Global stock markets rose Thursday, boosted by a healthy start to the US earnings season as more big-name firms report results and investors put aside concerns over soaring inflation.

Oil rebounded after the International Energy Agency lifted global demand forecasts -- and cited shortages of natural gas and coal that are sparking a switch to crude.

Wall Street equities were in the green the entire day while stock markets in London, Paris and Frankfurt all advanced as investors digested earnings reports from major US banks.

"These results could set the stage for what to expect in the coming weeks of earnings season and could give an indication of how institutions performed recently, as rising costs and uncertainty in markets worried investors," said XTB analyst Walid Koudmani.

New applications for US unemployment benefits dipped below 300,000 last week for the first time since Covid-19 sent them skyrocketing into the millions early last year, the Labor Department said.

Morgan Stanley beat expectations with record revenues, while both Bank of America and Citigroup saw a jump in profits as they clawed back provisions made at the start of the pandemic.

Those results followed a broadly positive start for the US earnings season on Wednesday when JPMorgan Chase's third-quarter earnings beat expectations and Delta Air Lines posted a profitable third quarter despite warning over the impact of fuel prices.

- Inflation narrative -

"Earnings season gives investors a chance to ignore some of the noise and market narratives and get into actual numbers," added Markets.com analyst Neil Wilson.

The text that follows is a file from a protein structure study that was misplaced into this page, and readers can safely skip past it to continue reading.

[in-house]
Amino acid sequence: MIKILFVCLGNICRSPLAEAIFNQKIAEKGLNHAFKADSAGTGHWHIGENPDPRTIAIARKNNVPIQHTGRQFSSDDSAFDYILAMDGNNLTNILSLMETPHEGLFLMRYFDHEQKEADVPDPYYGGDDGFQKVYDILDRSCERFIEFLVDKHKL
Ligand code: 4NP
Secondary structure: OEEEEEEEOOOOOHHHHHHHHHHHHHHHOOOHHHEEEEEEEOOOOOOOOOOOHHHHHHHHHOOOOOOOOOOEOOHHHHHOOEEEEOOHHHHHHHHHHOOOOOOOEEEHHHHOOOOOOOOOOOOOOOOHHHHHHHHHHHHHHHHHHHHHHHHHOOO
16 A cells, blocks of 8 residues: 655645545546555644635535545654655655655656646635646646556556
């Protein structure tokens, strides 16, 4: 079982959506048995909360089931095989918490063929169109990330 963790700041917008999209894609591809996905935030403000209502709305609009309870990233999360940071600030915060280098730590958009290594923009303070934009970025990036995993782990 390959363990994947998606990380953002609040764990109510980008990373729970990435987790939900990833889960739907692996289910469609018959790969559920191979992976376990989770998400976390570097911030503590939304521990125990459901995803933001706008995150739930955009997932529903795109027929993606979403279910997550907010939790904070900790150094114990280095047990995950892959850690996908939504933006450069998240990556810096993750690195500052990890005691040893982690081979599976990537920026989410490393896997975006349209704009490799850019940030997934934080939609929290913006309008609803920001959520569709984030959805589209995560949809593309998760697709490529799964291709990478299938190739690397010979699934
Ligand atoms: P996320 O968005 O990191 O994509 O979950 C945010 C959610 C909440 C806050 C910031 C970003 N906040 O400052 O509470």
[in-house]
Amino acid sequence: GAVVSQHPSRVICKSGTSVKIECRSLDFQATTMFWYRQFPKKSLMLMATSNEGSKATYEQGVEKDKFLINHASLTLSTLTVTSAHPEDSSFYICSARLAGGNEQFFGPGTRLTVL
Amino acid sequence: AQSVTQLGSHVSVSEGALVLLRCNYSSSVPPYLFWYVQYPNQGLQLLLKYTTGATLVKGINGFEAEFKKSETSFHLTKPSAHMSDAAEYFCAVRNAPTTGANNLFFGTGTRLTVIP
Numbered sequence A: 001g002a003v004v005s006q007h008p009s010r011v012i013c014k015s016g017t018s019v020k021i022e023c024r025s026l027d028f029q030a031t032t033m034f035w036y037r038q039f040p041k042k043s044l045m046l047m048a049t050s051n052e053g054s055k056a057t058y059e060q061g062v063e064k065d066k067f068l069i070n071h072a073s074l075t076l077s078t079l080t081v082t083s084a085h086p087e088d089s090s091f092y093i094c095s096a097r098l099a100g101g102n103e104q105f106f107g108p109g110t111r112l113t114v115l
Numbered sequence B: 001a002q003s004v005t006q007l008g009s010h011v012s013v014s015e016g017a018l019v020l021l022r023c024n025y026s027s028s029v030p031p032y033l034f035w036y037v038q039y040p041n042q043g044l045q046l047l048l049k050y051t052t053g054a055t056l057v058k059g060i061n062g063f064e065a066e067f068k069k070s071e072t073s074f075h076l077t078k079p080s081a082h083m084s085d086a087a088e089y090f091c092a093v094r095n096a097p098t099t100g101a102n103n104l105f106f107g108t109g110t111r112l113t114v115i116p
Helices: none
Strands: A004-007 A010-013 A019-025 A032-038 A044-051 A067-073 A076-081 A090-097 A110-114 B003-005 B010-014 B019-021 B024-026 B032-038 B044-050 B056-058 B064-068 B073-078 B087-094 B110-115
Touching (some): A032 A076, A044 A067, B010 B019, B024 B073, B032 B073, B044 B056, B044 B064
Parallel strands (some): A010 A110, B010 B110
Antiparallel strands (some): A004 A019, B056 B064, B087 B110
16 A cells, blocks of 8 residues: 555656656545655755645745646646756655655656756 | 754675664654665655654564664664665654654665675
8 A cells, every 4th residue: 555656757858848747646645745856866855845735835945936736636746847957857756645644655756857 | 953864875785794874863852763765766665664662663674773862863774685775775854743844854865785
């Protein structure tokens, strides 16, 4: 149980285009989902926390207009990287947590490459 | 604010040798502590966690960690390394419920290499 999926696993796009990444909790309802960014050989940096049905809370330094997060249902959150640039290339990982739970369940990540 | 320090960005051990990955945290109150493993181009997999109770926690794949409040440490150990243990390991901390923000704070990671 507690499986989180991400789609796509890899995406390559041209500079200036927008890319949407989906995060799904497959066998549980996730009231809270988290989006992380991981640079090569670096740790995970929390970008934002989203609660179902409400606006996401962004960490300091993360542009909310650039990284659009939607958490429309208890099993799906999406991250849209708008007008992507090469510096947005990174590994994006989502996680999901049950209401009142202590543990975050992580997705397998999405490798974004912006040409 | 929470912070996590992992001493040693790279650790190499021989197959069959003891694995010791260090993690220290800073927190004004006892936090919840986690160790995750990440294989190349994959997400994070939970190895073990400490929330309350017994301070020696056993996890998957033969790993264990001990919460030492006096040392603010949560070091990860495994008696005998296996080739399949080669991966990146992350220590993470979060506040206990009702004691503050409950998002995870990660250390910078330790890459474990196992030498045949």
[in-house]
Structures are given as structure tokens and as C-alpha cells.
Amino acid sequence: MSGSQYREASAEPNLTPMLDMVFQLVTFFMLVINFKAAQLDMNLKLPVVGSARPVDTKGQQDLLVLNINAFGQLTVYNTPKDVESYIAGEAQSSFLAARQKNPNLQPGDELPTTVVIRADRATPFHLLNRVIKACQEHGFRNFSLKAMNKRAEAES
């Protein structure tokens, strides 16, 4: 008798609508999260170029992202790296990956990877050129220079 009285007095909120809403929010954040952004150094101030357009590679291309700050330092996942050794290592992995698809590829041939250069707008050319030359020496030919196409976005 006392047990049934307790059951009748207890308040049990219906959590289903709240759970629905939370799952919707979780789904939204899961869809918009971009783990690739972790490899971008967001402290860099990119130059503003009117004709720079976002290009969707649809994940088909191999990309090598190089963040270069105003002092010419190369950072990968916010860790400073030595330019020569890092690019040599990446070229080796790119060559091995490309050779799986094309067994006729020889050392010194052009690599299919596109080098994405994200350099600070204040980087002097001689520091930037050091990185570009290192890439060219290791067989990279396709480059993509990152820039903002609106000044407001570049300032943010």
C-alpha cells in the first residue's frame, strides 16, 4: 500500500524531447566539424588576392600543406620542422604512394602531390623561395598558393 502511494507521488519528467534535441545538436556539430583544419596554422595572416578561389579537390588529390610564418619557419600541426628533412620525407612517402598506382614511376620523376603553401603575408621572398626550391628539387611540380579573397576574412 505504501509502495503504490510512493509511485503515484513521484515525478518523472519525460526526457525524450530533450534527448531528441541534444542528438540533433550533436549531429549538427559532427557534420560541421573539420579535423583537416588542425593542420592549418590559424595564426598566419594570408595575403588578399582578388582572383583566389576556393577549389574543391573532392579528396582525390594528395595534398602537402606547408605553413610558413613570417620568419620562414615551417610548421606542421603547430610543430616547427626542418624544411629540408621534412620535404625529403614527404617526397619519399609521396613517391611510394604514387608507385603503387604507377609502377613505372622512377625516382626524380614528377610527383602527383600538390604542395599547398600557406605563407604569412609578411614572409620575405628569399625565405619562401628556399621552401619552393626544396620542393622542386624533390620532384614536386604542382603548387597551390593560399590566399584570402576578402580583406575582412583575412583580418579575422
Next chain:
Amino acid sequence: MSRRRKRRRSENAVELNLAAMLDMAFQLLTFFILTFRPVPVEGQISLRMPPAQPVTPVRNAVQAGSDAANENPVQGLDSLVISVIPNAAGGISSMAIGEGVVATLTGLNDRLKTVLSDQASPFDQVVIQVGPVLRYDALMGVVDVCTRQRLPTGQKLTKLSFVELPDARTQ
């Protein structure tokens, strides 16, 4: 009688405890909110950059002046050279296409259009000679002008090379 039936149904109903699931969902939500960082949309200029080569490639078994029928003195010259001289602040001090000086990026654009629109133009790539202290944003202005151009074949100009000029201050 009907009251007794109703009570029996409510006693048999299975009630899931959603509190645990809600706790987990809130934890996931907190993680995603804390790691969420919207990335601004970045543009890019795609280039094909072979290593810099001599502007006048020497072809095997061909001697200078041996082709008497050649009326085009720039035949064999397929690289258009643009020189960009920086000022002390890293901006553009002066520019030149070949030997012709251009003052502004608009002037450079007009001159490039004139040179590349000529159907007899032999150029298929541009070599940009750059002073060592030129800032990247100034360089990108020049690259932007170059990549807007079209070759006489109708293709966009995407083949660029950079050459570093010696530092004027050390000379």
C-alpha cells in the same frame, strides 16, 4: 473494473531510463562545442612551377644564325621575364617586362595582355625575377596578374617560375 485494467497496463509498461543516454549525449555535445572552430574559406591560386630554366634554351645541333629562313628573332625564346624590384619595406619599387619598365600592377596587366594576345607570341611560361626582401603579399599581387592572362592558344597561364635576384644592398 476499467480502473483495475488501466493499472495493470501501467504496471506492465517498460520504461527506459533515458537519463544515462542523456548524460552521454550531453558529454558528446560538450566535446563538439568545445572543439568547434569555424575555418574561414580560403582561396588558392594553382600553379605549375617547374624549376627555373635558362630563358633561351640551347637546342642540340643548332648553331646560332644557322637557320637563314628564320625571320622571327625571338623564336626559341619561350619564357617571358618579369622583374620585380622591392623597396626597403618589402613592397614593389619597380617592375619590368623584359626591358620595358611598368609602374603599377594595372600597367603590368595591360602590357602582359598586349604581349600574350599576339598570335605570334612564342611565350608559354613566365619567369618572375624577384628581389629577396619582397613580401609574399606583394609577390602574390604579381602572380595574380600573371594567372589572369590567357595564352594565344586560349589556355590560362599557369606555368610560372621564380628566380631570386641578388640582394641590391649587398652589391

"Only this time we expect the corporate reporting season to underline the inflation narrative."

US wholesale prices jumped 8.6 percent in the 12 months ended in September, government data showed Thursday, the biggest increase in over a decade, as companies passed on higher food and energy prices.

"Rising oil and gas prices are once again putting pressure on energy intensive industries, forcing them to cut production in the face of spiralling costs and creating supply shortages," said market analyst Michael Hewson at CMC Markets UK.

He pointed to Belgian metals supplier and manufacturer Nyrstar slashing output by 50 percent at three of its European zinc smelters, as well as aluminium prices hitting levels unseen since 2008 and copper at a three-month high.

After a year and a half of ultra-loose monetary policies from the world's central banks, which helped spur a rebound from the pandemic collapse and sent equities flying, concerns about consistently high price rises are forcing officials to tighten.

Several have already started -- including South Korea and New Zealand, with Singapore joining in on Thursday -- but all eyes are on the Federal Reserve, with minutes from its most recent meeting showing it plans to move either next month or in December.

On Thursday, China said factory gate inflation had in September hit its highest level in a quarter of a century owing to a spike in commodity costs and rocketing demand as economies reopen.

And with China a crucial exporter to the world, there are concerns the rises will transfer to other economies.

- Key figures around 2040 GMT -

New York - Dow: UP 1.6 percent at 34,912.56 (close)

New York - S&P 500: UP 1.7 percent at 4,438.26 (close)

New York - Nasdaq: UP 1.7 percent at 14,823.43 (close)

London - FTSE 100: UP 0.9 percent at 7,207.71 (close)

Frankfurt - DAX: UP 1.4 percent at 15,462.72 (close)

Paris - CAC 40: UP 1.3 percent at 6,685.21 (close)

EURO STOXX 50: UP 1.6 percent at 4,149.06 (close)

Tokyo - Nikkei 225: UP 1.5 percent at 28,550.93 (close)

Shanghai - Composite: DOWN 0.1 percent at 3,558.28 (close)

Hong Kong - Hang Seng Index: Closed for holiday

Euro/dollar: UP at $1.1601 from $1.1594 at 2100 GMT

Pound/dollar: UP at $1.3674 from $1.3659

Euro/pound: DOWN at 84.80 from 84.88 pence

Dollar/yen: UP at 113.67 yen from 113.25 yen

Brent North Sea crude: UP 1.0 percent at $84.00 per barrel

West Texas Intermediate: UP 1.1 percent at $81.31 per barrel

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